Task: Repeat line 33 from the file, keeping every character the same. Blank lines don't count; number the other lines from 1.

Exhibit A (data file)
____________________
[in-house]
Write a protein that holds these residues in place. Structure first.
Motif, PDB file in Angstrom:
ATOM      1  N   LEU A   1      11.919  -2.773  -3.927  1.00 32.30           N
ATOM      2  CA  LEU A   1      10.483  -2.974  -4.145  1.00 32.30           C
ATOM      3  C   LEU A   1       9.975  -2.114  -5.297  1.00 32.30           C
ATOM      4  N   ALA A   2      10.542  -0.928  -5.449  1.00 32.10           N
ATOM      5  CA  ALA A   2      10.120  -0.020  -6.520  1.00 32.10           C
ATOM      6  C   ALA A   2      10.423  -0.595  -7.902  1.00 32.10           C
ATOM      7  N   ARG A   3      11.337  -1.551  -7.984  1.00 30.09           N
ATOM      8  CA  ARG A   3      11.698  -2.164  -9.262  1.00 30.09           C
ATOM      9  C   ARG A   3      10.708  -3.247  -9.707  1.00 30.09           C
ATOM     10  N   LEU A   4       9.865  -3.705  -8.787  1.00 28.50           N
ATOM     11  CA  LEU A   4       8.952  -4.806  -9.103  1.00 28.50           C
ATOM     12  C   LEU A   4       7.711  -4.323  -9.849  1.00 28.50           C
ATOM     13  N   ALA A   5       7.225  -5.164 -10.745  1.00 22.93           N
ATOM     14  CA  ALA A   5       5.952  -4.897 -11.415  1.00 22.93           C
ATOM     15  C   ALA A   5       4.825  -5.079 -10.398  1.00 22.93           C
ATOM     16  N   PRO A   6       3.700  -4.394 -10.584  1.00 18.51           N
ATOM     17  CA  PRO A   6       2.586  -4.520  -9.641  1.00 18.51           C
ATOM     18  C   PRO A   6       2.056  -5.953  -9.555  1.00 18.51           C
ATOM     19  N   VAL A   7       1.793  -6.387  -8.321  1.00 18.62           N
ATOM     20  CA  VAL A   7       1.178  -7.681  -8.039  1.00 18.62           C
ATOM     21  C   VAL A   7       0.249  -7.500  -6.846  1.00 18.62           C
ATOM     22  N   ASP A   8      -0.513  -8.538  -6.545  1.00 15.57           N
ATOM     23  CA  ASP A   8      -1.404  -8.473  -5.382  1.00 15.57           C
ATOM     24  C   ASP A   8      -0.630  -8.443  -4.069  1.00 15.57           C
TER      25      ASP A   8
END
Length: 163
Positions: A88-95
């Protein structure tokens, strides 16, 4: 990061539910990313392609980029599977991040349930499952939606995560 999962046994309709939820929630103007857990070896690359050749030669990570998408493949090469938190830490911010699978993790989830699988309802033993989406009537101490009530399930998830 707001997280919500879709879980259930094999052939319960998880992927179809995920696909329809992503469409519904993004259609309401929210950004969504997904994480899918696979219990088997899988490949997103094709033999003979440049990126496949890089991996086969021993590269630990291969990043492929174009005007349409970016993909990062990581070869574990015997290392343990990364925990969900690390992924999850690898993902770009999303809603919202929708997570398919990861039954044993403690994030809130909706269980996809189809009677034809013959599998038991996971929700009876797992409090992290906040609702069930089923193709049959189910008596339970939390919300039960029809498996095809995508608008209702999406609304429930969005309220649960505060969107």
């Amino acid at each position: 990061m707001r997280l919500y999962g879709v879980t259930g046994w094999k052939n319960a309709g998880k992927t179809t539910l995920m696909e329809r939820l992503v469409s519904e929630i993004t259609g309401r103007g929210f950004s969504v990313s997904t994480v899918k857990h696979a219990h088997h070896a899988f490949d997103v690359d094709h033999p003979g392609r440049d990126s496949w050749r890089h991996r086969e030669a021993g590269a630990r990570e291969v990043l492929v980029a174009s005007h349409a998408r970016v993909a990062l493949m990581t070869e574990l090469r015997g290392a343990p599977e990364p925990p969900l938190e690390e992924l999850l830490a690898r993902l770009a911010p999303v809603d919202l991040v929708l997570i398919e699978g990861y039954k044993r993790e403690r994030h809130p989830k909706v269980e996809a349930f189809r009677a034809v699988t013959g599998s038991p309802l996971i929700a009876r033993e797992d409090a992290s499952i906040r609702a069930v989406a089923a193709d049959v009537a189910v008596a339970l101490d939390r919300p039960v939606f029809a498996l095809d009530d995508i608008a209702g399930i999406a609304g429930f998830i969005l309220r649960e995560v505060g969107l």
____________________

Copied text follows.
């Amino acid at each position: 990061m707001r997280l919500y999962g879709v879980t259930g046994w094999k052939n319960a309709g998880k992927t179809t539910l995920m696909e329809r939820l992503v469409s519904e929630i993004t259609g309401r103007g929210f950004s969504v990313s997904t994480v899918k857990h696979a219990h088997h070896a899988f490949d997103v690359d094709h033999p003979g392609r440049d990126s496949w050749r890089h991996r086969e030669a021993g590269a630990r990570e291969v990043l492929v980029a174009s005007h349409a998408r970016v993909a990062l493949m990581t070869e574990l090469r015997g290392a343990p599977e990364p925990p969900l938190e690390e992924l999850l830490a690898r993902l770009a911010p999303v809603d919202l991040v929708l997570i398919e699978g990861y039954k044993r993790e403690r994030h809130p989830k909706v269980e996809a349930f189809r009677a034809v699988t013959g599998s038991p309802l996971i929700a009876r033993e797992d409090a992290s499952i906040r609702a069930v989406a089923a193709d049959v009537a189910v008596a339970l101490d939390r919300p039960v939606f029809a498996l095809d009530d995508i608008a209702g399930i999406a609304g429930f998830i969005l309220r649960e995560v505060g969107l």